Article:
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AWS KMS key error “InvalidCiphertext”

by | Sep 24, 2021

Stuck with AWS KMS key error “InvalidCiphertext”? We can help you.

Recently, one of our customers in AWS KMS specified the KMS key material origin as external, RSAES_OAEP_SHA_256 as the algorithm for the wrapping key, and used OpenSSL to encrypt the key material with the wrapping key.

However, during the import, the request fails, and results in, “InvalidCiphertext”.

Here, at Bobcares, we assist our customers with several AWS queries as part of our AWS Support Services.

Today, let us see how we can avoid this import error.


AWS KMS key error InvalidCiphertext

By default, OpenSSL uses the SHA-1 hash function.

Moving ahead, our Support Techs discuss the procedure to import key material into AWS KMS using OpenSSL and RSAES_OAEP_SHA_256.


  • Create a KMS key using External for the key material origin

We run the following AWS CLI commands to create a KMS for external key material.

In addition, we need to make sure we use the most recent version of the AWS CLI.

export REGION=us-east-1
export KEY_ALIAS=kms_key_with_externalmaterial
export KEY_ID=`aws kms create-key --region $REGION --origin EXTERNAL --description $KEY_ALIAS --query KeyMetadata.KeyId --output text`
aws kms --region $REGION create-alias --alias-name alias/$KEY_ALIAS --target-key-id $KEY_

Note that, we have to replace the export REGION and export KEY_ALIAS values with appropriate details.

Until we import the key material, the new KMS key status will be, Pending Import,

To view the status, we can run:

aws kms --region $REGION describe-key --key-id $KEY_ID


  • Download the wrapping (public) key and the import token

To get the PublicKey (wrapping key) and ImportToken values, we run the following AWS CLI commands.

Then we decode both values using base64 and store them into separate files.

The RSAES_OAEP_SHA_256 wrapping algorithm is in the get-parameters-for-import command.

export KEY_PARAMETERS=`aws kms --region $REGION get-parameters-for-import --key-id $KEY_ID --wrapping-algorithm RSAES_OAEP_SHA_256 --wrapping-key-spec RSA_2048`
echo $KEY_PARAMETERS | awk '{print $7}' | tr -d '",' | base64 --decode > PublicKey.bin
echo $KEY_PARAMETERS | awk '{print $5}' | tr -d '",' | base64 --decode > ImportToken.bin

They store the wrapping key in PublicKey.bin and the import token in ImportToken.bin.


  • Generate a 256-bit symmetric key

Generally, the key material will be a 256-bit (32-byte) symmetric key.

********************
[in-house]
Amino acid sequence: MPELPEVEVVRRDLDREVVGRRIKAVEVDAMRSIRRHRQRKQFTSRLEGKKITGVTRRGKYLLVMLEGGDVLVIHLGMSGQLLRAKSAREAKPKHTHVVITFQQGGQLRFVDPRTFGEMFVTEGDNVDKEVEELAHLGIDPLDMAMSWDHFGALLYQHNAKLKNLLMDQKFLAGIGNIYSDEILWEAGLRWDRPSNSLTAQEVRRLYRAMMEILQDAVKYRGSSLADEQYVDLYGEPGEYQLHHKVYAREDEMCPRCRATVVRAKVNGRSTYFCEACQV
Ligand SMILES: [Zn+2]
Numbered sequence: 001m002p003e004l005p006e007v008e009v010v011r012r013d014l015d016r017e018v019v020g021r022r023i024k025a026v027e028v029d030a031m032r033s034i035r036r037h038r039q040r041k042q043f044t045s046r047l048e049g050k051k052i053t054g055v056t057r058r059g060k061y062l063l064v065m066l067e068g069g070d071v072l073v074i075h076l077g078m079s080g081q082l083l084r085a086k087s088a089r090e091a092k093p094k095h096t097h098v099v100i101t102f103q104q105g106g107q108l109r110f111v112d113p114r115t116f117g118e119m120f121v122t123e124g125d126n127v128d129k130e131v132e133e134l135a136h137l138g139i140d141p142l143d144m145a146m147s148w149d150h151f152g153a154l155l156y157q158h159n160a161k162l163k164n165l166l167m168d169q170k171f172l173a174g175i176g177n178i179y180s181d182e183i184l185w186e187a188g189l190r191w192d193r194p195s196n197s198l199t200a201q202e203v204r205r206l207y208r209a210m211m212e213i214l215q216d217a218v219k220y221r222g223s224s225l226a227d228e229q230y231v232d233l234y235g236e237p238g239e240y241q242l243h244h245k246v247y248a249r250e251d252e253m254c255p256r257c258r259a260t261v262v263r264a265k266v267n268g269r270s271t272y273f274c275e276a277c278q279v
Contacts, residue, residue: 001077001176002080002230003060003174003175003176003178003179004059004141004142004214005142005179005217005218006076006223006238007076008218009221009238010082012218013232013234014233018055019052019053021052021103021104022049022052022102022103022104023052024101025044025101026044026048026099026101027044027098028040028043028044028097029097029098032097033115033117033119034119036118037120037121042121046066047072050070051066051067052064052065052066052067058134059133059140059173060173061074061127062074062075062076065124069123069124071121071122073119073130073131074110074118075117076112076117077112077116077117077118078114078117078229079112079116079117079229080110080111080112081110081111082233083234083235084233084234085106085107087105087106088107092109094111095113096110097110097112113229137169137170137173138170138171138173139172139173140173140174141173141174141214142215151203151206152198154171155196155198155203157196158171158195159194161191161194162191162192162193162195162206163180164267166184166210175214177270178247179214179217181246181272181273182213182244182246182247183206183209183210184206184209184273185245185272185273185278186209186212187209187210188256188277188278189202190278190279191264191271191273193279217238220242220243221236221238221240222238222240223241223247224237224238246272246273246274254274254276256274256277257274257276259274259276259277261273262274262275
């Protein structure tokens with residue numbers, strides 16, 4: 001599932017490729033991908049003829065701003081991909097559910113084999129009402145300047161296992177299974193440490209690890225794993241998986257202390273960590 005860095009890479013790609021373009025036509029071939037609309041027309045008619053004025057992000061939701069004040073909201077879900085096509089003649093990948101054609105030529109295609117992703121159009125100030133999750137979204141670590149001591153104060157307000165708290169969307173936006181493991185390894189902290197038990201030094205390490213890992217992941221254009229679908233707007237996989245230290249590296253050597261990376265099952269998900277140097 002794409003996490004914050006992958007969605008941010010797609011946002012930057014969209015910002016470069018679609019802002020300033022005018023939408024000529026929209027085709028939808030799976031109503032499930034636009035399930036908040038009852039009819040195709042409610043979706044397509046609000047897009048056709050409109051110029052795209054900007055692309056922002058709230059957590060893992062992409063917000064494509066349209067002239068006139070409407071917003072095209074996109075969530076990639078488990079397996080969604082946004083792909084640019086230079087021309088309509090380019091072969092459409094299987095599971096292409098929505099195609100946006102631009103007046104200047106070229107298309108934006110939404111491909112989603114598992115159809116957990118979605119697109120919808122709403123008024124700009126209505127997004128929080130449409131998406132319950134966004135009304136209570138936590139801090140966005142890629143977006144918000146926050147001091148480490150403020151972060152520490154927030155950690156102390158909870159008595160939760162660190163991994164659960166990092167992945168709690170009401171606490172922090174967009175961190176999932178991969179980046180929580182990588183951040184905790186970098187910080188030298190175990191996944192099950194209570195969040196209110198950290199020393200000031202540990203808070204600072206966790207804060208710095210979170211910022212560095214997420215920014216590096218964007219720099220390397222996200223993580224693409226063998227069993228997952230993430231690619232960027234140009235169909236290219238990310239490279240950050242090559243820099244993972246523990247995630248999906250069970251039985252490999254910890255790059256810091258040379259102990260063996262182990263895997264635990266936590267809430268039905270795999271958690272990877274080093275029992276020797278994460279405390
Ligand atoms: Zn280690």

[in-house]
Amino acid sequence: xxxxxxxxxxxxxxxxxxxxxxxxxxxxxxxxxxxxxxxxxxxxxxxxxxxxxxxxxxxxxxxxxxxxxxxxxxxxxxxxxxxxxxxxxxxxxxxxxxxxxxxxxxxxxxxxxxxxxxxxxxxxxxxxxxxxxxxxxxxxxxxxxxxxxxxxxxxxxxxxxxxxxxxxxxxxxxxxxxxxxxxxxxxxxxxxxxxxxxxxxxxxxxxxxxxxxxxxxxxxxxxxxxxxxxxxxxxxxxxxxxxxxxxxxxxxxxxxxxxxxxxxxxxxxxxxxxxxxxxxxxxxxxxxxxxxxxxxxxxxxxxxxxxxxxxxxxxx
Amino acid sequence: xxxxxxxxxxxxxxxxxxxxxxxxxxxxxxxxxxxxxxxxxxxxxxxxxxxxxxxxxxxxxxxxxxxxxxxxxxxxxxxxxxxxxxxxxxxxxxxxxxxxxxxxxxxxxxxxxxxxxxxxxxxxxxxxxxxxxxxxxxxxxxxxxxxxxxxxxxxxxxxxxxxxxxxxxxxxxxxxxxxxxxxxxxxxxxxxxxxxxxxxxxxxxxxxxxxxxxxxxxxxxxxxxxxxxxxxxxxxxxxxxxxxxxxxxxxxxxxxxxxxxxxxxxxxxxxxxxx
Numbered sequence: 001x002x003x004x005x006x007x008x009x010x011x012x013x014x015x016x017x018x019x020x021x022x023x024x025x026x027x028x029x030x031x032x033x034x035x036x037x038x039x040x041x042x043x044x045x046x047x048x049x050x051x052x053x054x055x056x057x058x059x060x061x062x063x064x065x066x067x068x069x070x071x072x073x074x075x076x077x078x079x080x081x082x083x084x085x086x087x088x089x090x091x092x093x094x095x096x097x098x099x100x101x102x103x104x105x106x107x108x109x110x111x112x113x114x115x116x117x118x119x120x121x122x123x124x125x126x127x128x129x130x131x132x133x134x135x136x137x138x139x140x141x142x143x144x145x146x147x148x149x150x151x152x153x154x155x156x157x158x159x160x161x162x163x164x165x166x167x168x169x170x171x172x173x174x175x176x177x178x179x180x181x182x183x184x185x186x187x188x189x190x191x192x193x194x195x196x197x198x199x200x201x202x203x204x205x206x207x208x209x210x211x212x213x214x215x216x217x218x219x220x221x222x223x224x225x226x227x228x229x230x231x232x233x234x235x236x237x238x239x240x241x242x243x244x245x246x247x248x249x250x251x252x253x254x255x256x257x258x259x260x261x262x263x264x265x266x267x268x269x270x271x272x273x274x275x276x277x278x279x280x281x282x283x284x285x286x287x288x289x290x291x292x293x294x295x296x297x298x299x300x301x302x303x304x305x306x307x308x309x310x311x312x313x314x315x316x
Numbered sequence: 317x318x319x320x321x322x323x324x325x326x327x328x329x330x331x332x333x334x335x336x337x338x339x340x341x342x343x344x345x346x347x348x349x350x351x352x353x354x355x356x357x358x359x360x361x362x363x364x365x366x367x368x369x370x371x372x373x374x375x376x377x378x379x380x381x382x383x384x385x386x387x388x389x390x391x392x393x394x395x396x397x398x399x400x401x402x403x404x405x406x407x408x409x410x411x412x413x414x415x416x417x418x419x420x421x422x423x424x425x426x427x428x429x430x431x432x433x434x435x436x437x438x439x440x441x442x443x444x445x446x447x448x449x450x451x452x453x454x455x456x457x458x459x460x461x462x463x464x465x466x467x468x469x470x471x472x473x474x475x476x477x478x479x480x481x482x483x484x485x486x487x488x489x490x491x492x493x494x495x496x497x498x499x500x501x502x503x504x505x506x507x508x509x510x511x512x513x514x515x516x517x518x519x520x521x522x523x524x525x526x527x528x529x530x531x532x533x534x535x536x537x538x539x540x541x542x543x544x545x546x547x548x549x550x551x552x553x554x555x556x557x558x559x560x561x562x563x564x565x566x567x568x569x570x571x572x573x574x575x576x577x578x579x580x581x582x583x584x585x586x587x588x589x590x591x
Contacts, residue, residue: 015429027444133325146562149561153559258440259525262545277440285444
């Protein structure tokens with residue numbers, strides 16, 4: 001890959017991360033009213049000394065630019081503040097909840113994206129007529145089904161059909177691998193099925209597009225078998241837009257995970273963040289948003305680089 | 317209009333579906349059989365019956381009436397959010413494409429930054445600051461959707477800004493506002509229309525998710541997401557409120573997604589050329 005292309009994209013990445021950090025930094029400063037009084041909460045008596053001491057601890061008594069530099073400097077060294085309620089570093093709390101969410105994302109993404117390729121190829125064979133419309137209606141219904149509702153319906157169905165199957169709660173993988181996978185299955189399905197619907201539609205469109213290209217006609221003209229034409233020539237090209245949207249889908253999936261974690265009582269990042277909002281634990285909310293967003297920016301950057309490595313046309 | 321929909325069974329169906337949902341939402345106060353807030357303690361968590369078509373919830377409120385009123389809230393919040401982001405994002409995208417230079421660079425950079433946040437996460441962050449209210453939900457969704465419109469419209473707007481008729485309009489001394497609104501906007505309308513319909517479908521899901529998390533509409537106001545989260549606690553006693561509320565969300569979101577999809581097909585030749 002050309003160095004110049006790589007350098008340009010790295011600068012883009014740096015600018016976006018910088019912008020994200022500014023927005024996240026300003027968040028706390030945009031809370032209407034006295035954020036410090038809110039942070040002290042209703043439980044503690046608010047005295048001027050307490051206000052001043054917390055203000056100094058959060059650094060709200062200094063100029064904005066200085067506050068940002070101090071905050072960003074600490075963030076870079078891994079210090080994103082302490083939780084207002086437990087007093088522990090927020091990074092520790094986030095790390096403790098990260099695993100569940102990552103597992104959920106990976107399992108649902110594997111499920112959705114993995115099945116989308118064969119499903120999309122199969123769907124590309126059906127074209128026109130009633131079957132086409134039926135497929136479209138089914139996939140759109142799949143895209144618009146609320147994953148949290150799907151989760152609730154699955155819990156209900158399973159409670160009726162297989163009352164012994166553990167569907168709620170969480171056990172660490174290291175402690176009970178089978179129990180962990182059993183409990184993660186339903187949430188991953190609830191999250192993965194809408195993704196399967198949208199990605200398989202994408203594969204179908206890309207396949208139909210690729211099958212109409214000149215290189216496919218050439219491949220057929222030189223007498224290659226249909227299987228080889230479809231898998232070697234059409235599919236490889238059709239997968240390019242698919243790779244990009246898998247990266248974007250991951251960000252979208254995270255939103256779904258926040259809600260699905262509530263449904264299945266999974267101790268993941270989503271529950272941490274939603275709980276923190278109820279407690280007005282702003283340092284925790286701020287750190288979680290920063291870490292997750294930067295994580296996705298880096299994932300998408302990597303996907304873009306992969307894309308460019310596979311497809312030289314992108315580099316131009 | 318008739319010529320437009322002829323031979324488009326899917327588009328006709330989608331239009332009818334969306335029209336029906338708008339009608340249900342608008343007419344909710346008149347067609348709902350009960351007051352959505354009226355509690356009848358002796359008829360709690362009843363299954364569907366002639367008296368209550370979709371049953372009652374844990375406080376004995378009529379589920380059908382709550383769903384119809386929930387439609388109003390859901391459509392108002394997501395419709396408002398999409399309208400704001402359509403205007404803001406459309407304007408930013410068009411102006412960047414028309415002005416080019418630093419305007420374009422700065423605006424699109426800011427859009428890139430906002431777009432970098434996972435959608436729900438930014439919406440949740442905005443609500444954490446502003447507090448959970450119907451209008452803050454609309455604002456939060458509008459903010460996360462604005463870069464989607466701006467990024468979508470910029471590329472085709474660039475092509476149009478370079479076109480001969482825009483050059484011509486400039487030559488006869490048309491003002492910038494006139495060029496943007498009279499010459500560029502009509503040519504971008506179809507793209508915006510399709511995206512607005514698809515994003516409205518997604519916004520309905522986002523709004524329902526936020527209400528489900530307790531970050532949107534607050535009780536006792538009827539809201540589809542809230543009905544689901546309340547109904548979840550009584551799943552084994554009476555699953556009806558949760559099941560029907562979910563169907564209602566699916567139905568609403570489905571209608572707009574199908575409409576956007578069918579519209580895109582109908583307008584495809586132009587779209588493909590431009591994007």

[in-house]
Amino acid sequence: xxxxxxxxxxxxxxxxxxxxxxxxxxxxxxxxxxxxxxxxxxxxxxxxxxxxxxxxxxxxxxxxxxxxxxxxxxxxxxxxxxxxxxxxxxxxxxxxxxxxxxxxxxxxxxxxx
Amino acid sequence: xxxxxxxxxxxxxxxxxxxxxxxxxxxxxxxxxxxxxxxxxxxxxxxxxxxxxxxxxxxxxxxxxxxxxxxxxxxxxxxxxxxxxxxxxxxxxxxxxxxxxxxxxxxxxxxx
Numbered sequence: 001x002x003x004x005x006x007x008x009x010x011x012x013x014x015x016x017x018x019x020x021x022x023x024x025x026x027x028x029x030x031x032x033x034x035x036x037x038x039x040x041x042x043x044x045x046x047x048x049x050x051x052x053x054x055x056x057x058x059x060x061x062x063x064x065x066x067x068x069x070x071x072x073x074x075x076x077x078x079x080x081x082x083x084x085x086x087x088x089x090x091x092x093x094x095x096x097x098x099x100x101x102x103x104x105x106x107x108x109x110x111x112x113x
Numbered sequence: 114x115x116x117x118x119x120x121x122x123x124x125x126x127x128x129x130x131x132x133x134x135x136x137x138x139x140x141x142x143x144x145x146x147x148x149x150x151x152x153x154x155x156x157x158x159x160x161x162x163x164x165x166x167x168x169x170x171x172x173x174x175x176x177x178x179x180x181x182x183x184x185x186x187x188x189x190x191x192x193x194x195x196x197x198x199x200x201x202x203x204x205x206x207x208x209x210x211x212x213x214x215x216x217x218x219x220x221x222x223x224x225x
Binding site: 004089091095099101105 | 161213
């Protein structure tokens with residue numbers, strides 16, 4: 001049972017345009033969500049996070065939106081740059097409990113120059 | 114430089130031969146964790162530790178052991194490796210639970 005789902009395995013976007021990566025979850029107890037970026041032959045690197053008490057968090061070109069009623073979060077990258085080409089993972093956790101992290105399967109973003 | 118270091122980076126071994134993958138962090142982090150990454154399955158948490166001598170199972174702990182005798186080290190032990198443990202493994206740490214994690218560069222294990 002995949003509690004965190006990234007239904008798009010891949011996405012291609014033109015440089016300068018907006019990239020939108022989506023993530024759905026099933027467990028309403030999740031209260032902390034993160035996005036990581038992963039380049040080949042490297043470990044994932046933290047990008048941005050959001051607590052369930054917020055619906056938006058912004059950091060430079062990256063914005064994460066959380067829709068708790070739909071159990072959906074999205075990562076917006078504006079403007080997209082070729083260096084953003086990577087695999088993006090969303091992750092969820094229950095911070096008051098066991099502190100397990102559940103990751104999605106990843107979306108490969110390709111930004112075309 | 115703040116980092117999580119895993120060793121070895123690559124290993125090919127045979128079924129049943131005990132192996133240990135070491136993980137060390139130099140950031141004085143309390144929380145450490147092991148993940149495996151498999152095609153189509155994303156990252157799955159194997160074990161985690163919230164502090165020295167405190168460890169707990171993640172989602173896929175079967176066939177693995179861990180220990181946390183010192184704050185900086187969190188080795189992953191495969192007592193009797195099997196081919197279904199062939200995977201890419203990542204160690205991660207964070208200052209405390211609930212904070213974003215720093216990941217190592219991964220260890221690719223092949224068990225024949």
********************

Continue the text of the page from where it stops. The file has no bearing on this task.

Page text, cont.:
In order to generate the key, we run one of the following commands:


openssl rand -out PlaintextKeyMaterial.bin 32

Or, dd:

dd if=/dev/urandom of=PlaintextKeyMaterial.bin bs=32 count=1


  • Verify that the OpenSSL version supports openssl pkeyutl

We use the openssl pkeyutl command to encrypt the key material with RSAES_OAEP_SHA_256 as the wrapping algorithm.

For an RHEL-based Linux computer, our Support Techs recommend the steps below:

1. First, we check the OpenSSL version:

openssl version

2. Then to update OpenSSL, we run:

sudo yum –y update openssl

For a macOS, we recommend these steps:

1. Initially, we run the following Homebrew commands.

brew update
brew upgrade openssl
brew info openssl

2. The last command will result that OpenSSL is installed in /usr/local/opt/openssl/bin/.

To confirm this, we run:

/usr/local/opt/openssl/bin/openssl version

3. For the most recent OpenSSL version, we edit ~/.bash_profile and add the following line at the end of the file:

export PATH="/usr/local/opt/openssl/bin:$PATH"

4. Once done, we run the following command:

source ~/.bash_profile

5. To verify the change in the macOS environment, we run:

echo $PATH
openssl version


  • Encrypt the key material with the wrapping key

To encrypt the key material using the most recent version of OpenSSL and the wrapping key, we run:

openssl pkeyutl -in PlaintextKeyMaterial.bin -out EncryptedKeyMaterial.bin -inkey PublicKey.bin -keyform DER \
-pubin -encrypt -pkeyopt rsa_padding_mode:oaep -pkeyopt rsa_oaep

As a result, the command generates EncryptedKeyMaterial.bin. We import this value as the encrypted key material into the KMS.

Generally, we can find the wrapping key in PublicKey.bin.


  • Import the encrypted key material

To import the encrypted key material into the KMS key, we run:

aws kms --region $REGION import-key-material --key-id $KEY_ID --encrypted-key-material fileb://EncryptedKeyMaterial.bin --import-token fileb://ImportToken.bin --expiration-model KEY_MATERIAL_DOES_NOT_EXPIRE

Once done, the key’s status will change to Enabled.

We can ensure the key’s status via:

aws kms --region $REGION describe-key --key-id $KEY_ID

[Stuck in between? We’d be glad to assist you.]



In short, we saw how our Support Techs fix the AWS KMS key error.


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